Studying in Europe is the dream of many applicants and students. And we, in turn, continue to interview the students studying in Europe to help you choose your country and university.

Students of European universities from Azerbaijan share their stories and experiences here. And from the words of students, we will learn about the details of education in Europe.

Today's guest is Maya Baghirova, a student at the Spéos Paris Photography Institute in France. Maya studied photojournalism in Paris. Our talented compatriot speaks about her student life in France...

- Maya, tell us a little about yourself. How come you are in France now and why did you choose this country?

- My name is Maya Baghirova, I was born in Baku. I lived with my family in Israel for 3 years and then came back to Azerbaijan again. I graduated from the Baku Music Academy in the specialty of a violin. And France lived as a wish in my heart from a young age. The culture and beauty of this country, books I read, the soundness of the French language always attracted me. My aunt Ayten Muradova lived in France and I always enjoyed her speaking, maybe one day I had such a desire to learn French. I cannot express in words my aunt's effort on me. I can say that I owe my childhood to my aunt.

- What did you choose the higher school and specialty you studied? What attracted you there?

- I am a person who likes working more than studying. But since I was always engaged in art, each area I read was very interesting. We saw a school called Spéos International Photo School, and at that school, we saw a two-year photojournalist program of Paris Match journal, one of the biggest magazines in France. As I worked in Nargis magazine in Baku, the journalism sector attracted me.

- How did you enter the university? Please tell us a little about your experience.

- The interview stage was held for admission to the university, and for the first time, I took my documents and went there. After interviewing by the higher school’s director and the director of the Paris Match magazine sitting at the big office with a white table and red chairs, I got a positive answer and left the office with great joy. So my university life began again.

- Are you satisfied with the education you got there? What were the biggest superiorities for you? 

- The first year was difficult. It was a completely different atmosphere, I could not get used to it. But from the second year, everything fell in its place. My teachers supported me very much, explained every nuance. I improved my French language, studied with them, tried to learn their temper. During lessons, I witnessed that everyone was very comfortable. Contrary to fearing and feeling shy with teachers, I saw friendly relations with them. I observed that my peers, who studied with me, perceived life very comfortably. For example, if we were given different topics as a task, we could say that they were superficial in their work. Let's say one of such topics is a train theme. They were enough to take a photo of the train, but no one entered it...

- Please tell us a little about the student routine, how are the lessons are held in the university you studied?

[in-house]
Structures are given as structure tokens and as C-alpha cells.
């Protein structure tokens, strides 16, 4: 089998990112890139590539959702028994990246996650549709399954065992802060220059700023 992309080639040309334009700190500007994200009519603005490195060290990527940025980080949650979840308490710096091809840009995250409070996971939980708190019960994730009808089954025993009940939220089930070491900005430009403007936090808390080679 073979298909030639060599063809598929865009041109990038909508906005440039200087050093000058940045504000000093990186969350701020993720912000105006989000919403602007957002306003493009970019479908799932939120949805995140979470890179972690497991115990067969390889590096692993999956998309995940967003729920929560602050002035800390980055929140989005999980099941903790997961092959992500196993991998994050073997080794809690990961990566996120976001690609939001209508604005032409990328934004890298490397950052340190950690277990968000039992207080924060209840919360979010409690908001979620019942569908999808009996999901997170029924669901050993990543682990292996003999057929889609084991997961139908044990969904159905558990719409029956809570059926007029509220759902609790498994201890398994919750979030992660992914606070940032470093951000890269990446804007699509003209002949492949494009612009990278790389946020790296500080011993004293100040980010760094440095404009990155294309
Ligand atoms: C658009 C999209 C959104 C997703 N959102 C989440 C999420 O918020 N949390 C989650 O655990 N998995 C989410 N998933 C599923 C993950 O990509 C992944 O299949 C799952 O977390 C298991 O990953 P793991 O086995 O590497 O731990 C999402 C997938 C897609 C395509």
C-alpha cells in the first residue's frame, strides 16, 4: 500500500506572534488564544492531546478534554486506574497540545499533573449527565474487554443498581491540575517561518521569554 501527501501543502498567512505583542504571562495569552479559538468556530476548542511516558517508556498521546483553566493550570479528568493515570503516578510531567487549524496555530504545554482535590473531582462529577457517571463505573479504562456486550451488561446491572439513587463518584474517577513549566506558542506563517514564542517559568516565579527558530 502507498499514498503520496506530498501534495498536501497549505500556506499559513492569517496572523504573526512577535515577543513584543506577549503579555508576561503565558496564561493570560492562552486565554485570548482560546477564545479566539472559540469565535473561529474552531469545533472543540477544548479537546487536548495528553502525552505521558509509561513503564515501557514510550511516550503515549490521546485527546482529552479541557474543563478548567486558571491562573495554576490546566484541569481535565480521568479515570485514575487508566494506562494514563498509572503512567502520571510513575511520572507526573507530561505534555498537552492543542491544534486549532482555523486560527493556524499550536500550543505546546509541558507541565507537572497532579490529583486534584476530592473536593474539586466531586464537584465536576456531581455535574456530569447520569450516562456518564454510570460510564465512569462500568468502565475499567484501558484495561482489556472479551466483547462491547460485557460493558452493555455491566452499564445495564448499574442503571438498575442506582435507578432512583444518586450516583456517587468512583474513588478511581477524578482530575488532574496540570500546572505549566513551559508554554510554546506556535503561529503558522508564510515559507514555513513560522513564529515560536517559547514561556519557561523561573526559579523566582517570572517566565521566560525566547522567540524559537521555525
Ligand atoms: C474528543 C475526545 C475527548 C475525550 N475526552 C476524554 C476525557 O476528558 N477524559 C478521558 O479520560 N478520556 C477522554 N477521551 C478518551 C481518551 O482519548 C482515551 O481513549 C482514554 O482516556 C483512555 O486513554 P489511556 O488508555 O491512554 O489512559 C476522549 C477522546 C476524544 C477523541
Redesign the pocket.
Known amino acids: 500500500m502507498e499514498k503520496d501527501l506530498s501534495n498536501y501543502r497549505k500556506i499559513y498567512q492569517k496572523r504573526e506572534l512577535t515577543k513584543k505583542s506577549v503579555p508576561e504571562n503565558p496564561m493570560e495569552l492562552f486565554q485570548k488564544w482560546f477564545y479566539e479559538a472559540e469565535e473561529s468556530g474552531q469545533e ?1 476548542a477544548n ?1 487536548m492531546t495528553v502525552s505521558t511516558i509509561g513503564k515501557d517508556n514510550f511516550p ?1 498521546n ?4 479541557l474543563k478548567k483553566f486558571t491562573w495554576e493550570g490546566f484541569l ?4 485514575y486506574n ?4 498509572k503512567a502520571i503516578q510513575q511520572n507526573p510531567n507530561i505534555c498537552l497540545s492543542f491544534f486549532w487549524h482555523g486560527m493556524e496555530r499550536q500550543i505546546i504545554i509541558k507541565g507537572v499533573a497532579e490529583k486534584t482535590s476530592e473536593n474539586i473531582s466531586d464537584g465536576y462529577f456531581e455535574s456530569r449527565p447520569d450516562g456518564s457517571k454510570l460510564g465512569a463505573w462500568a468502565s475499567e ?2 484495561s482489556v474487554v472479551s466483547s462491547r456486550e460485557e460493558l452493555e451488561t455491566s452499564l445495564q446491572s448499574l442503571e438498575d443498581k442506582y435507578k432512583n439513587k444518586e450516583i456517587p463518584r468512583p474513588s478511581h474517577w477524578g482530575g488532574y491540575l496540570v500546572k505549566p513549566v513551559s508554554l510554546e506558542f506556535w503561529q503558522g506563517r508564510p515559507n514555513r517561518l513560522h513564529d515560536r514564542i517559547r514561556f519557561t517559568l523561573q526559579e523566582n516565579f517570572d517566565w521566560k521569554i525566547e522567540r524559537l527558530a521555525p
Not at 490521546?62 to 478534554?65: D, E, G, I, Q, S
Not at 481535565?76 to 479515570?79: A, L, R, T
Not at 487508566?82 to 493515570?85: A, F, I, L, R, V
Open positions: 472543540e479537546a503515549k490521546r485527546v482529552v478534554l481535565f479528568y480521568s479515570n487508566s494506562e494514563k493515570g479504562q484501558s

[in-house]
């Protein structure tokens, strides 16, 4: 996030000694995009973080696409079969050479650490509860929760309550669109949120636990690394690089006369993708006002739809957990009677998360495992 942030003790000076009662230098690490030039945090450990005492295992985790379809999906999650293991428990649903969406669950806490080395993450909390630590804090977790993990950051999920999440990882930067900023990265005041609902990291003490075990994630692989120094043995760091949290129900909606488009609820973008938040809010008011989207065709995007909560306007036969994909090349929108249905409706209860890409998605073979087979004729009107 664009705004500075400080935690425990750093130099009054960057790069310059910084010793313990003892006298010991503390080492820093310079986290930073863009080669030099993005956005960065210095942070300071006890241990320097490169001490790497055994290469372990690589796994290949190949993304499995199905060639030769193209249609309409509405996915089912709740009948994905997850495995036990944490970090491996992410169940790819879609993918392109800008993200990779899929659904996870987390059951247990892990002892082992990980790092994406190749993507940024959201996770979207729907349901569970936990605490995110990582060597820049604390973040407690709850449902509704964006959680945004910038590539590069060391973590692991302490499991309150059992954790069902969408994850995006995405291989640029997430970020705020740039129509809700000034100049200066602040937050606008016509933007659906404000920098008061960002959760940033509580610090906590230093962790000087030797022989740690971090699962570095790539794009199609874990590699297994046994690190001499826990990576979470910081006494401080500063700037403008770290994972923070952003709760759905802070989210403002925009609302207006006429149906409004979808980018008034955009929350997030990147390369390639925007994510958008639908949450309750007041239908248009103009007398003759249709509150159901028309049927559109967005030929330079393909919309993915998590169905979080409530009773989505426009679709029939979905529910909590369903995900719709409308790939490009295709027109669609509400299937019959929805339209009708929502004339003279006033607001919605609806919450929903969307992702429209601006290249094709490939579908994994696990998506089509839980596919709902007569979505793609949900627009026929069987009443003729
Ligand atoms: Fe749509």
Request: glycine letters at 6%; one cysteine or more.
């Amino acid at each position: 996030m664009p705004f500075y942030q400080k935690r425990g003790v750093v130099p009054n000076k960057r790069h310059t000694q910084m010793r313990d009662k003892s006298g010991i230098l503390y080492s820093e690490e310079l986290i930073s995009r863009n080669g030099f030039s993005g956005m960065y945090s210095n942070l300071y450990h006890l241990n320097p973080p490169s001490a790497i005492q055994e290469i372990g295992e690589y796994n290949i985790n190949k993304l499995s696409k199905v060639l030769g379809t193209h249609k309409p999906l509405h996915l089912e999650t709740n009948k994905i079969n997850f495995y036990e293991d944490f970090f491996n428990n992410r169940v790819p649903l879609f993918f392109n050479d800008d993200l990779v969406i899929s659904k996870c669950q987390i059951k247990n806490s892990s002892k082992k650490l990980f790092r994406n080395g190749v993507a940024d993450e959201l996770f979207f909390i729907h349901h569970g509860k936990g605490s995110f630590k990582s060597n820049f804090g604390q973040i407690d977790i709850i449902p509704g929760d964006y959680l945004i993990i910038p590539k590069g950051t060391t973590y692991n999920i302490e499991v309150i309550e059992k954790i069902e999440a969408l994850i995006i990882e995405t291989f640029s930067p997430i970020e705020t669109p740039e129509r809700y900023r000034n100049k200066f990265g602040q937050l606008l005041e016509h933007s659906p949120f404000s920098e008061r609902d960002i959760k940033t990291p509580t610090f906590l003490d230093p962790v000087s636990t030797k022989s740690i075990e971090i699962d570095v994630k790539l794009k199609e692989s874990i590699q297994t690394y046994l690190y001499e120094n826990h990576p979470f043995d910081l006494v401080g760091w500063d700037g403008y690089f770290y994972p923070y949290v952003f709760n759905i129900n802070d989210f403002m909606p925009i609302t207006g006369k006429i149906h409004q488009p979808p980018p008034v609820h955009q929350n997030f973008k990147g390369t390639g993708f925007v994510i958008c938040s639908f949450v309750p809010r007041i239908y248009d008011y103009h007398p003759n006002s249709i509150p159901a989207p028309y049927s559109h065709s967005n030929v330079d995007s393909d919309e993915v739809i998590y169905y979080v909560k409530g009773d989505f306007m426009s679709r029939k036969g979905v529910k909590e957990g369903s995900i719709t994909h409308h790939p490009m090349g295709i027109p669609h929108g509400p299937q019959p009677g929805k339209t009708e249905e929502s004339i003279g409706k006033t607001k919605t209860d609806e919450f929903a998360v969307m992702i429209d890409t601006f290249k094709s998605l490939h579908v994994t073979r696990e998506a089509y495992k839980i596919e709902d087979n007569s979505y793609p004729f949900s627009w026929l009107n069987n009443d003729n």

- The lessons were interesting indeed because we did not study only photography. We also studied its history, video editing, and Photoshop and Lightroom computer programs. We went to protest actions every week. We had a safety cap on our heads, a mask and protective glasses. There was a period of protests in Paris, the whole country stood up. All Paris was smelled of gas. Since I am a member of the APU (Azerbaijan Photographers Union), I am given a press card every year. With this card, I am allowed to be with the police during the protest actions. Actions, portraits, crows, black and white photos... sometimes, my teachers used to call a photographer Maya when black and white photos were taken. Wherever they saw a crow, they remembered me. Sometimes there was discontent and they said for fun, “Start a magazine named Maya for yourself and publish the photos you want. Because I did not adapt to their requirements sometimes and acted on my life vision. It would have caused some trouble.

- You’ve graduated this year, and tell us a little about the process of preparing for the exam, which is the most important in the life of each student. And how did you pass this exam?

- The exam consisted of two stages. I had two subject themes for the first exam: “Azerbaijani women” and the French slogan “Liberty, equality, fraternity” (fr.  Liberté, égalité, fraternité). I came back to Baku for my first theme. For two weeks, with the support of my mother and uncle, I took photos of Azerbaijani women in the districts. The second theme was to take photos of people living on the street in Paris. They had to answer the question below: What does “liberty, equality, fraternity” mean for you? They answered the question and I mentioned their response below. The second exam was about business. Within two months they held conferences with various editors, photographers, and journalists. We made a slide for the exam and it was held for 30 minutes. After passing the exam very successfully, I realized that the school is over, and the way is mine now. It’s time to go forward and work a lot.

- And in the end please tell us a little about your life in France. What are you doing now and what are your plans for the future?

- France... whether I'm tired or I want to go back to my homeland, Paris is still with me or I'm with this city, I do not know. At present, I am looking for a job. I already have the status of a professional photographer and I continue to look for a job. I have not yet set up big plans for the future and live to this day. For the future, I can say that I want to have students in Azerbaijan and teach them all my knowledge.
Please visit the website to see the work of our talented compatriot: